I’ve been doing personal Kanban at my current assignment for the last two/three months. A colleague had previously told me he was using it at home, and I wanted to see if I could benefit from it at work. Now, I didn’t actually look up the ‘correct’ way to do this, but instead opted to start with my current conception of the method. There was a leftover piece of cardboard laying around, so I took that and drew two lines on it for the ‘todo’, ‘doing’ and ‘done’ phases. On the bottom of the board, between the doing and done phase, I put my own ‘definitions of done’ to remind me of what it should mean to complete a task. The criteria I chose initially were
- Reviewed (by myself),
- Unit tested,
- Javadoc written,
- SoapUI/Selenium tests created and run,
- Maven build and tests run,
- Code committed,
- Time spent reported into the time reporting software.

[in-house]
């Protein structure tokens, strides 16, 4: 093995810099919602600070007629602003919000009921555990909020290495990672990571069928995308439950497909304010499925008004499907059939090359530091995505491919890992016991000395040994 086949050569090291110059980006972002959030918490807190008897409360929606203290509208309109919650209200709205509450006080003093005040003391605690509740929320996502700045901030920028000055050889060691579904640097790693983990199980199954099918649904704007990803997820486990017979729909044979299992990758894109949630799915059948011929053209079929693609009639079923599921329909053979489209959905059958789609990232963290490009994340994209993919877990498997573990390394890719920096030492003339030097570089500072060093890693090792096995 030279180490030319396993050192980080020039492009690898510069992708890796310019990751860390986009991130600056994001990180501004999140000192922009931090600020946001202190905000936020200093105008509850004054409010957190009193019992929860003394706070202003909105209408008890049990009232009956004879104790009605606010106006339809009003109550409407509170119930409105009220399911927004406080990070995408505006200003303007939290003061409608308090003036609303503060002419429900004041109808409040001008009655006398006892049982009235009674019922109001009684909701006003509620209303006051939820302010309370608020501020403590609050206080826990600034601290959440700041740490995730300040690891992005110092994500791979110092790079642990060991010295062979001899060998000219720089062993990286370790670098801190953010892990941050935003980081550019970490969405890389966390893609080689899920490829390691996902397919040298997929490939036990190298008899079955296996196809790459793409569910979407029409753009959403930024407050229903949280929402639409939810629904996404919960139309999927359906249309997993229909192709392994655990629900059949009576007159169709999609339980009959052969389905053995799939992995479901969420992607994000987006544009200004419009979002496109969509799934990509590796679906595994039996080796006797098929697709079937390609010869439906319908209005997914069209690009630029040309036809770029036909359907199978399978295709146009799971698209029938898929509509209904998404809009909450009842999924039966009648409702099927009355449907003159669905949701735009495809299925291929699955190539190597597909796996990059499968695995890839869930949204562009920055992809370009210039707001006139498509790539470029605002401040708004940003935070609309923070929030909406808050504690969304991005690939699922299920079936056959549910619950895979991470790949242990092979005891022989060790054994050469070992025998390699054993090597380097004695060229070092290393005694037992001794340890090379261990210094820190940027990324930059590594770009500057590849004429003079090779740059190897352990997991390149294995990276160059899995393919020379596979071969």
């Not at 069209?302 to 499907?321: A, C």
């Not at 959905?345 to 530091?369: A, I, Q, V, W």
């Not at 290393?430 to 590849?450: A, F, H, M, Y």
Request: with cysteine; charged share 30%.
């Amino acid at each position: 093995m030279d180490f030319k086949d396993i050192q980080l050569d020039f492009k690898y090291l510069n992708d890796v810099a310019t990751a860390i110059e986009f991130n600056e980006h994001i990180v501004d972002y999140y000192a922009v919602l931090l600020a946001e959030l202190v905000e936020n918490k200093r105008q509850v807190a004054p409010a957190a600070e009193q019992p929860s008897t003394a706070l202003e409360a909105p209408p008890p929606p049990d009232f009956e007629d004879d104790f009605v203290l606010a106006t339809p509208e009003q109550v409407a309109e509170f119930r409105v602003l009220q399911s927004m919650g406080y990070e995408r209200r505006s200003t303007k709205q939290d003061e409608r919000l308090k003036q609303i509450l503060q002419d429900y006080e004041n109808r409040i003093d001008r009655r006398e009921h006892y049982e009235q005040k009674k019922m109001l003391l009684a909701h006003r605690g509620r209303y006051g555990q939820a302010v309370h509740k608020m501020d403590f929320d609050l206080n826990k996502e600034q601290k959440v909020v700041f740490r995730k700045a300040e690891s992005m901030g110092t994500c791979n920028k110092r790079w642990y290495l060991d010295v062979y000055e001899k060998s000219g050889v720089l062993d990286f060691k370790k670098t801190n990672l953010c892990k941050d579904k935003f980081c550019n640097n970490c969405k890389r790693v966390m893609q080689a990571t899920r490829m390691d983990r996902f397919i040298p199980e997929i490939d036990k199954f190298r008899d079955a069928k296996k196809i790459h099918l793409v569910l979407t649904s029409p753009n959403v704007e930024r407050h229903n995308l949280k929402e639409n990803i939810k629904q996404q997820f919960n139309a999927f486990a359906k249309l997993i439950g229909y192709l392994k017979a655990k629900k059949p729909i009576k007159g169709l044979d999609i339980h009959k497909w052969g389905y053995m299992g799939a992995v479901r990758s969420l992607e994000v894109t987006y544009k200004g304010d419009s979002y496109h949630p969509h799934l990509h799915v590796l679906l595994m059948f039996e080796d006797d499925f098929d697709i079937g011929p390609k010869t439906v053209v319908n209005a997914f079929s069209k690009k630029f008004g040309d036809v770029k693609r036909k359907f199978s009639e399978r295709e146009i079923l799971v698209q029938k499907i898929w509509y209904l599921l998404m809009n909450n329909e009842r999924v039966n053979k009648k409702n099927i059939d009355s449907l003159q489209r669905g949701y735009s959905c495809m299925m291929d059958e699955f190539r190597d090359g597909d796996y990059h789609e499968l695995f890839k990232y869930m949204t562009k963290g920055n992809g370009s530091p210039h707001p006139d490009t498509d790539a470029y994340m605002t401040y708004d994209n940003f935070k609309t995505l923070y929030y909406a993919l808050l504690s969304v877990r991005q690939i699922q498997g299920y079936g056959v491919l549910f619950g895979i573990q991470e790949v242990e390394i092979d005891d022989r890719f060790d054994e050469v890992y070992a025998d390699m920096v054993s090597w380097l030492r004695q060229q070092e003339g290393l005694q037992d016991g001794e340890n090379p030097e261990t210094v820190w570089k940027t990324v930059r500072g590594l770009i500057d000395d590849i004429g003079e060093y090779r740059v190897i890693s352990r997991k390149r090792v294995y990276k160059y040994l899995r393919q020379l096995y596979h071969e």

You can take a look at the picture below for the setup. Nothing revolutionary of course… I chose a WIP-limit of two and that’s been quite sufficient so far.
My experiences thus far are that I have become a little bit more structured and focused; I’m more aware of my current work load; I’m a little bit better at keeping track of tasks (the smaller ones that can easily be forgotten); and I’ve got an easier time filling out the time report for each day. Of course, the benefits of the method have not revolutionized my work day, but with the minimal effort involved I’d say the experiment is a success.
I’ve learned some lessons: that the company supplied post-it notes keep falling off the board, so I should look into buying some top quality ones. I also found that I sometimes put up a task on the board of too large scope, and that I failed to complete it quickly enough. That meant it clogged up the doing lane, while I had to expedite other urgent matters. I should have broken the task down into smaller ones, clearly!
As an experiment, trying out personal Kanban is something I can recommend. You should see the mentioned benefits quite quickly, and if you’re new to Kanban, you should get to familiarize yourself with the concepts. If you want to know more about this please visit Jim Benson’s Personal Kanban site!